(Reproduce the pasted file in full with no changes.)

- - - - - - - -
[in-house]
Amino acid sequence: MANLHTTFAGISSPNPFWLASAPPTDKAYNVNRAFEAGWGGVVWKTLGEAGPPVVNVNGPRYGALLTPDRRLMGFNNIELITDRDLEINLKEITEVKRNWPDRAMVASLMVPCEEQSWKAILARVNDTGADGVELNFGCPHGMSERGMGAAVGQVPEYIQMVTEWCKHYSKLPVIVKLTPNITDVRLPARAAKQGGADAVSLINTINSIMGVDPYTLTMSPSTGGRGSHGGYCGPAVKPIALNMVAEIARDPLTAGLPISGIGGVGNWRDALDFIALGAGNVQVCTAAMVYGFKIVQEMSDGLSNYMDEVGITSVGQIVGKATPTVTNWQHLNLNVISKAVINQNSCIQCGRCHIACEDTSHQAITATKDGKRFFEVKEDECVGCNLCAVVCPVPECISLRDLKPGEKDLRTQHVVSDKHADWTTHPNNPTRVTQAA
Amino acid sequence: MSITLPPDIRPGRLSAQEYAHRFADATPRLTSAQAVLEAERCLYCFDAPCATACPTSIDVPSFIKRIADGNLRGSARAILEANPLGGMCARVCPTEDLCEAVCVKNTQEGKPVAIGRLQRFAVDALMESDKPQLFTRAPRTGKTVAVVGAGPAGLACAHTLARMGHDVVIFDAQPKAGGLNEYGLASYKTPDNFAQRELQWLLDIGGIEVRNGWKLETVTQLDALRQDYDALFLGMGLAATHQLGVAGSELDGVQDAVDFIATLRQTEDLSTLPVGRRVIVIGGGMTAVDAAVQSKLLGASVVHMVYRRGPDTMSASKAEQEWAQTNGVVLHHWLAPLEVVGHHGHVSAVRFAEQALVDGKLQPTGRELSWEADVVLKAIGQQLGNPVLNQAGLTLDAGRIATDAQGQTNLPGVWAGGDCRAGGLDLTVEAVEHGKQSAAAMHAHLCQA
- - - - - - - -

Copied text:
[in-house]
Amino acid sequence: MANLHTTFAGISSPNPFWLASAPPTDKAYNVNRAFEAGWGGVVWKTLGEAGPPVVNVNGPRYGALLTPDRRLMGFNNIELITDRDLEINLKEITEVKRNWPDRAMVASLMVPCEEQSWKAILARVNDTGADGVELNFGCPHGMSERGMGAAVGQVPEYIQMVTEWCKHYSKLPVIVKLTPNITDVRLPARAAKQGGADAVSLINTINSIMGVDPYTLTMSPSTGGRGSHGGYCGPAVKPIALNMVAEIARDPLTAGLPISGIGGVGNWRDALDFIALGAGNVQVCTAAMVYGFKIVQEMSDGLSNYMDEVGITSVGQIVGKATPTVTNWQHLNLNVISKAVINQNSCIQCGRCHIACEDTSHQAITATKDGKRFFEVKEDECVGCNLCAVVCPVPECISLRDLKPGEKDLRTQHVVSDKHADWTTHPNNPTRVTQAA
Amino acid sequence: MSITLPPDIRPGRLSAQEYAHRFADATPRLTSAQAVLEAERCLYCFDAPCATACPTSIDVPSFIKRIADGNLRGSARAILEANPLGGMCARVCPTEDLCEAVCVKNTQEGKPVAIGRLQRFAVDALMESDKPQLFTRAPRTGKTVAVVGAGPAGLACAHTLARMGHDVVIFDAQPKAGGLNEYGLASYKTPDNFAQRELQWLLDIGGIEVRNGWKLETVTQLDALRQDYDALFLGMGLAATHQLGVAGSELDGVQDAVDFIATLRQTEDLSTLPVGRRVIVIGGGMTAVDAAVQSKLLGASVVHMVYRRGPDTMSASKAEQEWAQTNGVVLHHWLAPLEVVGHHGHVSAVRFAEQALVDGKLQPTGRELSWEADVVLKAIGQQLGNPVLNQAGLTLDAGRIATDAQGQTNLPGVWAGGDCRAGGLDLTVEAVEHGKQSAAAMHAHLCQA